While several municipal leaders have voted against adopting any of Governor Bruce Rauner’s Turnaround Agenda, Oak Lawn Mayor Sandra Bury is asking the Board of Trustees to support some, if not all, of the Rauner Agenda.
According to sources within the Village of Oak Lawn, Bury has asked Trustees to support a board resolution stating that the Village supports some facets of the Rauner plan, including amending collective bargaining rights for union workers and changing the worker’s compensation laws in Illinois for injured workers. In a memo to Trustees, Bury also asks for support for the idea of the state taking action on public employee pensions. That provision may be irrelevant in light of the Illinois Supreme Court’s ruling Friday that public pensions cannot be altered.
Bury claimed that her support for at least part of the Rauner agenda came as a result of a meeting between her, the Governor and Village Manager Larry Deetjen in Springfield. Deetjen and Bury traveled to Springfield recently for the Illinois Municipal Lobby Day.
While Bury is asking for support for some of Rauner’s agenda, other municipalities throughout the State are reacting negatively to the proposals. Protectmytown.com is a partnership of villages and cities in Illinois that was formed to fight Rauner’s proposal to reduce the municipal share of the local government distributive fund that is divided among municipalities from the Illinois Income Tax. The website states, in part:
“Local services are in jeopardy. $1.5 billion in revenue that Illinois municipalities rely upon to provide essential services such as police and fire protection, snow plowing, garbage pickup, road repairs and programs for seniors and children.
Service cuts and tax hikes. The proposed 50% cut in this funding will result in losses of millions of dollars for many municipalities, causing a drastic reduction in operating revenue. Municipal officials are committed to fighting against higher property taxes, painful cuts in front-line services, police and fire layoffs and delays to needed infrastructure repairs in your town.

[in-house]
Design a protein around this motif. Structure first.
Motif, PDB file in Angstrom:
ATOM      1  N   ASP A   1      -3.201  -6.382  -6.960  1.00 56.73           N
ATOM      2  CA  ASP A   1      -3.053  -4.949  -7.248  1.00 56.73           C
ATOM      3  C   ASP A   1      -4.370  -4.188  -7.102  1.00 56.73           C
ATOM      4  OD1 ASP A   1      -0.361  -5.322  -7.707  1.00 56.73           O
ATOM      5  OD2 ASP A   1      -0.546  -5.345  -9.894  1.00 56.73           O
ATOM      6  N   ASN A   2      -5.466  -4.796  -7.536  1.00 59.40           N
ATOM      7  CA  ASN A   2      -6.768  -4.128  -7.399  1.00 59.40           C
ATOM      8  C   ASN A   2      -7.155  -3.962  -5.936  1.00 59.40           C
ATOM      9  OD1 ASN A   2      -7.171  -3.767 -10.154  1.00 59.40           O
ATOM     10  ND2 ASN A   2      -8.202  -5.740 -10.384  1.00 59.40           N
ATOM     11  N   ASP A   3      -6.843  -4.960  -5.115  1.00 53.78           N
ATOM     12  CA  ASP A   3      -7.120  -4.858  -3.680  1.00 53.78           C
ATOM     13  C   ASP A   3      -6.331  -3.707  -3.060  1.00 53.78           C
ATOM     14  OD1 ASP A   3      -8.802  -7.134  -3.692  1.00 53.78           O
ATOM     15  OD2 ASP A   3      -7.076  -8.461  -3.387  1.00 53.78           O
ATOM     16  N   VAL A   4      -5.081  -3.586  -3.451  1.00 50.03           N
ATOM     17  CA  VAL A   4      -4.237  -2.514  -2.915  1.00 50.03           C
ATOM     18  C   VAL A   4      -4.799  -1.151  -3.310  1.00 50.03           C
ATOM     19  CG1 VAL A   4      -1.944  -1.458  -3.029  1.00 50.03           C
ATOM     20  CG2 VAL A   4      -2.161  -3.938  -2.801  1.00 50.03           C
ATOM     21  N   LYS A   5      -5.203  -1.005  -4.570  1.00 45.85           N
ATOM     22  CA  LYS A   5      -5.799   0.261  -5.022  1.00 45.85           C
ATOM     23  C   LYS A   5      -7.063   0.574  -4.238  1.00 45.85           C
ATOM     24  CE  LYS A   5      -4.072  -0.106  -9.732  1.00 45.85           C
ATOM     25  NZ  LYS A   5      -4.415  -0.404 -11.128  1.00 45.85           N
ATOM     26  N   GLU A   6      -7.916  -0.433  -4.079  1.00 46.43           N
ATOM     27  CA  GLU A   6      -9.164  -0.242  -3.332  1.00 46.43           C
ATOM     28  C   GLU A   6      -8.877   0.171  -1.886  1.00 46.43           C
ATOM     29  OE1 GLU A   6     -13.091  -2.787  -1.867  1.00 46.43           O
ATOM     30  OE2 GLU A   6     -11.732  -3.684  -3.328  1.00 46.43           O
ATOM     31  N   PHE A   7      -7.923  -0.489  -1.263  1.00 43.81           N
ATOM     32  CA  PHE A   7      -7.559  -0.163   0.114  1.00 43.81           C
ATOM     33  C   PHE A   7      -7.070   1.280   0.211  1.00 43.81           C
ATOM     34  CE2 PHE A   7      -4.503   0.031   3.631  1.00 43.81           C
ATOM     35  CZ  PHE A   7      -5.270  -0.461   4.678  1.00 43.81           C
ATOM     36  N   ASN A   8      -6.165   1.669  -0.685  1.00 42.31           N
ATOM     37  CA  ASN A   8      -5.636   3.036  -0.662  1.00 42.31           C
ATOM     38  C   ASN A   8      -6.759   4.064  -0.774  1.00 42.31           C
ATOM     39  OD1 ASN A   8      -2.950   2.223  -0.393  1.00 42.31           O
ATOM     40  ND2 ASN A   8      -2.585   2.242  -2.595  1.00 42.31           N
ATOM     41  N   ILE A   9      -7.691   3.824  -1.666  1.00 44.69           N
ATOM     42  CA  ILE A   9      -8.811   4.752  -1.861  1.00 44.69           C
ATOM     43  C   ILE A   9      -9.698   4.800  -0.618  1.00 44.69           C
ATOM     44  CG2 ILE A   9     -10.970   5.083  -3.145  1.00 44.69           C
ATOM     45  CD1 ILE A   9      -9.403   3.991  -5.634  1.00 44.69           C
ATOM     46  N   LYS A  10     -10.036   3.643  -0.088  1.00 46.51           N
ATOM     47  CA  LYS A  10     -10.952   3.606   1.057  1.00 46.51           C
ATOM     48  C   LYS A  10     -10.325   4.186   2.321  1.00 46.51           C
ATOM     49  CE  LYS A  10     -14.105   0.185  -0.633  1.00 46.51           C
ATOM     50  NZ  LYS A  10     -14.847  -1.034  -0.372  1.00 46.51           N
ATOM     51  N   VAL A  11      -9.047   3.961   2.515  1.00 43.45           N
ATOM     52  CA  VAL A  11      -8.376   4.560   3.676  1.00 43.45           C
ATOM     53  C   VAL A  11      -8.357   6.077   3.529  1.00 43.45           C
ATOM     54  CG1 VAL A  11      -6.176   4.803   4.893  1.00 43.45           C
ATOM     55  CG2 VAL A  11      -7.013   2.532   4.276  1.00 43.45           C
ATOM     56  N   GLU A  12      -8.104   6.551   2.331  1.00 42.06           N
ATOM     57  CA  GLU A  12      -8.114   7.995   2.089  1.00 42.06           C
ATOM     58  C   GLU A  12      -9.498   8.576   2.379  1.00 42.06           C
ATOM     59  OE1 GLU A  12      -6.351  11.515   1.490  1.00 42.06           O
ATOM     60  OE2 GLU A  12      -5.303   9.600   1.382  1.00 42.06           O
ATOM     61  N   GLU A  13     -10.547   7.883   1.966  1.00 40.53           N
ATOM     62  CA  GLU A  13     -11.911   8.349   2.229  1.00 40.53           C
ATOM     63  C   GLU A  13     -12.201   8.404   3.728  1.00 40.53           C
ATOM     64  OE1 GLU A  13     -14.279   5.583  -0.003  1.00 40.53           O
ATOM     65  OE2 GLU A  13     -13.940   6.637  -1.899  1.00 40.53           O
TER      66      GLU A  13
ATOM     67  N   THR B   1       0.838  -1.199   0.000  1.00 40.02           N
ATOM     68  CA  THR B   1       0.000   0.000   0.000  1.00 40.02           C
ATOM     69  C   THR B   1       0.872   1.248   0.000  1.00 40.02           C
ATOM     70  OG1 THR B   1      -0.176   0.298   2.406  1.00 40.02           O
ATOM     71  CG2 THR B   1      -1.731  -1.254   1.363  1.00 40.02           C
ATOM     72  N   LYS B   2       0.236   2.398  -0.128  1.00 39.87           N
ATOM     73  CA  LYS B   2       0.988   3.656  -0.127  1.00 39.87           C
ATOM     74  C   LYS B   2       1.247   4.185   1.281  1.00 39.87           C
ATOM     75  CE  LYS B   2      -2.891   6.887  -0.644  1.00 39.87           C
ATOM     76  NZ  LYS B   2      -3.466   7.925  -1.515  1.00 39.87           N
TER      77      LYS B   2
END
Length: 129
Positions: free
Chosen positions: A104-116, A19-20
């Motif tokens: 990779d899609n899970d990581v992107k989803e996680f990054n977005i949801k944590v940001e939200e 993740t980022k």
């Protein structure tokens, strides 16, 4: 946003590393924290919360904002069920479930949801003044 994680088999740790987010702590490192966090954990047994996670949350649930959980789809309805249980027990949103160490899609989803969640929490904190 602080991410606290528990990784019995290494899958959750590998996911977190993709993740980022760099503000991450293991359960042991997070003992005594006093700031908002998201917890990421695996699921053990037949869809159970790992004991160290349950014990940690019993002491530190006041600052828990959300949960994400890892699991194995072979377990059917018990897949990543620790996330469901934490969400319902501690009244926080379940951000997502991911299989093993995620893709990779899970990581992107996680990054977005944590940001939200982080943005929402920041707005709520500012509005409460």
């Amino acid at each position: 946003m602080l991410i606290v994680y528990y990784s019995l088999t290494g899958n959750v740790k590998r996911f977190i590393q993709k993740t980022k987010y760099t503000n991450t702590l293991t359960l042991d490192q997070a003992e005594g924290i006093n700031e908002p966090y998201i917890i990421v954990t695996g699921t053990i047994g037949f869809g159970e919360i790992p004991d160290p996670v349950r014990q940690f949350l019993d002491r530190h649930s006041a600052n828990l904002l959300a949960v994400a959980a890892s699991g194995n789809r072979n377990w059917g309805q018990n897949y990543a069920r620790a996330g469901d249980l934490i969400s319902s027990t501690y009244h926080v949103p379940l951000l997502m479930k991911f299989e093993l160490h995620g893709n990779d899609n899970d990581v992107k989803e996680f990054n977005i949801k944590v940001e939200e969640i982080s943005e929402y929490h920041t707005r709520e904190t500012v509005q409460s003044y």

Hold Springfield accountable. Municipalities have been fiscally responsible throughout the recession—cutting services, reducing personnel and dramatically decreasing spending to balance their budgets every year and doing more with less. Now it’s time Springfield does the same.
We need your help. Don’t let Springfield shift the tax burden onto you!”
At last count, only 27 municipalities in Illinois have supported Rauner’s Turnaround Agenda resolution, which was pre-printed and sent to every municipality for passage. A resoultion that is supported at the local level is nonbinding. Any changes to union rights, contractor pay or bargaining rights would have to be made through a change in state law and perhaps, a change in individual collectively bargained contracts.
Frankfort Mayor Jim Holland, who supported Rauner’s election, recently told the Daily Southtown that he would not even bring the resolution to his board for consideration.
Statewide union leaders have also been against the proposed resolution. SEIU Local 73, which represents 28,000 public service employees, published its opposition on its website, stating, “This agenda will do nothing but put Illinois in a bigger hole with working families suffering the impact of Rauner’s illogical budget cuts. Rauner’s agenda also includes supporting right-to-work: an attempt to eliminate unions and lower wages for working families. If right-to-work was passed in Illinois, it would result in:
- Lower wages
- Increased unemployment
- Reduce worker benefits
- Increased gender and racial inequality”.
Village Manager Larry Deetjen previously raised the issue to Trustees and the Mayor to support some or all of the Rauner Turnaround Agenda.
View the revised Rauner Turnaround Agenda sent by Sandra Bury to the Board of Trustees: